Plight of the Polar Bear: “The Entire Ecosystem Is Failing in Front of Our Eyes”

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The current EPA transition team leader might not believe in global warming, but its impacts are not an option for the northern Canadian town of Churchill, Manitoba. In this small town, attacks from hungry polar bears are a constant threat to humans that are only getting worse as the ice continues to melt.

Every October and November the bears descend on Churchill, a town of 800, on the animal's traditional migratory route, as they wait for the sea ice to freeze so they can hunt for seals. But as the climate warms, and the ice takes longer to form, the animals wander to human-filled towns, like Churchill, hungry.


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A new six-part series called Polar Bear Town from the Smithsonian Channel documents this community's struggle to protect humans, respect the bears, and nurture the region's growing ecotourism industry. The show also goes into detail on the town's elaborate bear-control system where angry bears are sedated with dart guns, held in a controlled facility, known as "polar bear jail," and released when the sea ice finally forms.

We spoke with Donald Moore, director of the Oregon Zoo, an endangered species specialist, and polar bear expert who helped inform the show. 


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Have there been any changes in the polar bear population?

The population is doing so much worse. The Churchill population, which is the Western Hudson Bay population, is down by nearly 20 percent. The sea ice is melting, and this summer was the largest melt in the area that we know of. As the temperature of the world goes up, the arctic just keeps melting.

How much has the polar bear population declined?

It looks like we have a 20 to 25 percent decline in the last 10 to 15 years. There are also big declines in the seal population. The entire ecosystem is failing in front of our eyes. By the way, 15 years ago, we were still worried about poaching of polar bears and how that would affect their population, and then we started to watch this habitat melt in front of our eyes in a period of years. Even as the rest of the world said don’t worry, there is no climate change, we were watching the arctic ice melt and melt. It has been there for thousands of years, and it is melting in our lifetimes. That is how I and a lot of other scientists became concerned about climate change.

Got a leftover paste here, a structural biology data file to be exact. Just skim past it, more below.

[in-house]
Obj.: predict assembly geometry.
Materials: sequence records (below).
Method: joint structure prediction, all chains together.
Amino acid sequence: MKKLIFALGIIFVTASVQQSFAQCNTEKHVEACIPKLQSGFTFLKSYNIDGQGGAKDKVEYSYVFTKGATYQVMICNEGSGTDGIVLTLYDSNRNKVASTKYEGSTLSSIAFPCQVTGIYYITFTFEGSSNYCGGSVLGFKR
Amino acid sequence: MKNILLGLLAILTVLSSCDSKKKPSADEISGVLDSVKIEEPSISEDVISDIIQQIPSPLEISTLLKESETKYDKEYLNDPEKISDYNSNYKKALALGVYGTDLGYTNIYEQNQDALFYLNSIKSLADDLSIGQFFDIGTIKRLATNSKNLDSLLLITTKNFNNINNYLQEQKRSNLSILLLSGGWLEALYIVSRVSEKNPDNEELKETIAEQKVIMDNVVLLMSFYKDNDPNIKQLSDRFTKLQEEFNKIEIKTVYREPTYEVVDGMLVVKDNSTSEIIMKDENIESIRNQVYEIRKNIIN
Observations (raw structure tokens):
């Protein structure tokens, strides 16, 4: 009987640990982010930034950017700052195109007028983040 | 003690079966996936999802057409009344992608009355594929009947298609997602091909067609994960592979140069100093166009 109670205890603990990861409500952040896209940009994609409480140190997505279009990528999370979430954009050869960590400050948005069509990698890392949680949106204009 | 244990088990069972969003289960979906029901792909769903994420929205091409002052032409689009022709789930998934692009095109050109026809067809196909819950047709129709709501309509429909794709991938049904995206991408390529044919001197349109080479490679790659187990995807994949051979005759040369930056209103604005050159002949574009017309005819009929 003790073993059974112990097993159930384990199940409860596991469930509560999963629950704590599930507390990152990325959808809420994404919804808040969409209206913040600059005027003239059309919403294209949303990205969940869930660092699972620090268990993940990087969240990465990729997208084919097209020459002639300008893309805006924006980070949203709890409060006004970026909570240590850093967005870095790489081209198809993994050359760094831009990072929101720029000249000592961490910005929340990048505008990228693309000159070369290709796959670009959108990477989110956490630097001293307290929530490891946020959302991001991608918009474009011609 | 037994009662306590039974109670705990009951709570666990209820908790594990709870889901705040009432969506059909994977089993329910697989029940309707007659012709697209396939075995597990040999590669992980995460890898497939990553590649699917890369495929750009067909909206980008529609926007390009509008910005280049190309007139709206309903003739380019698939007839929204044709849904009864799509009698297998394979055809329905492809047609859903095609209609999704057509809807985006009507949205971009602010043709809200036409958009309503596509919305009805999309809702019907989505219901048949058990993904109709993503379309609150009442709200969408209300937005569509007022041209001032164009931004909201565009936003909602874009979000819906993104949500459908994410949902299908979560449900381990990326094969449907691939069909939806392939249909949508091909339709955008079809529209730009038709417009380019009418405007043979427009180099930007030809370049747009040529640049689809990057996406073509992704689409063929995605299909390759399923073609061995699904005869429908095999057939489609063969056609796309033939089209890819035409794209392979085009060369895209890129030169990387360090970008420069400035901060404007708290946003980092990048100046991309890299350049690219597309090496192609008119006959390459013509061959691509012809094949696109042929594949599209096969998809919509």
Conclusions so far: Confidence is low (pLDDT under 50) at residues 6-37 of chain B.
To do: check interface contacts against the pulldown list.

Is there anything we can do at this point?

I think people are always surprised that their actions, driving their car, buying fruit that comes from another continent, turning on their lights and not turning them off when they leave the room, can have this incredible outsized effect on polar bears in the Arctic. Humans everywhere, collectively, even though these are small actions, can have such an outsized effect on the globe.

How long have the bears been coming to Churchill?

That is their historic migratory route. A port was put there back in the 19th century, and then the port eventually became a town. And then there was a NORAD base there, and then military infrastructure was built there, and still polar bears were coming through there. And then there was this idea of tundra buggies and ecotourism economy, and an economy where scientists would study polar bears all developed from that. There are also beluga whales, and lots of migratory birds.

In Churchill they sedate the bears with dart guns, and put them in “polar bear jail” until the ice freezes and they can continue to hunt for food. Is this the best solution we have at this point?

I think it is. You have a lot of people who have been living with polar bears for many years, and they have the infrastructure, and the bear biologists with their knowledge, and the local native people with their indigenous knowledge. So all of the stake holders from government to indigenous local groups and local trappers who live on the land can have a collaborative discussion. I think Churchill is the model for the world.

What impact does tourism have?

I think it helps create awareness, that is for sure. It is a great trip for people who want to be inspired by this large, beautiful predator. I don’t think there is a big adverse affect on the bear population. Bears and tundra buggy interactions have been studied by different scientists, and bears habituate pretty well to the buggies — and the bears around Churchill are fairly habituated. They are very very smart animals. In comparing them to my black labs at home, they are smarter than the dogs, and I have had some smart dogs. They figure it out. They figure out where people are being reasonable and not hunting them and they go there, and they figure out where they are going to be harassed and where they shouldn’t be.

Is there anything else that people can do?

If someone is concerned about polar bears and their survival, or the Arctic and its survival, or the survival as the world as we have known it in all of human history, they can take individual actions to start mitigating that. Drive less, take public transportation, eat local, turn off your lights when you are not in the room. But Americans and Europeans have had an abundance economy, and just keep driving up their carbon footprint. We have to get away from the notion that the earth is infinite and will provide infinite resources.

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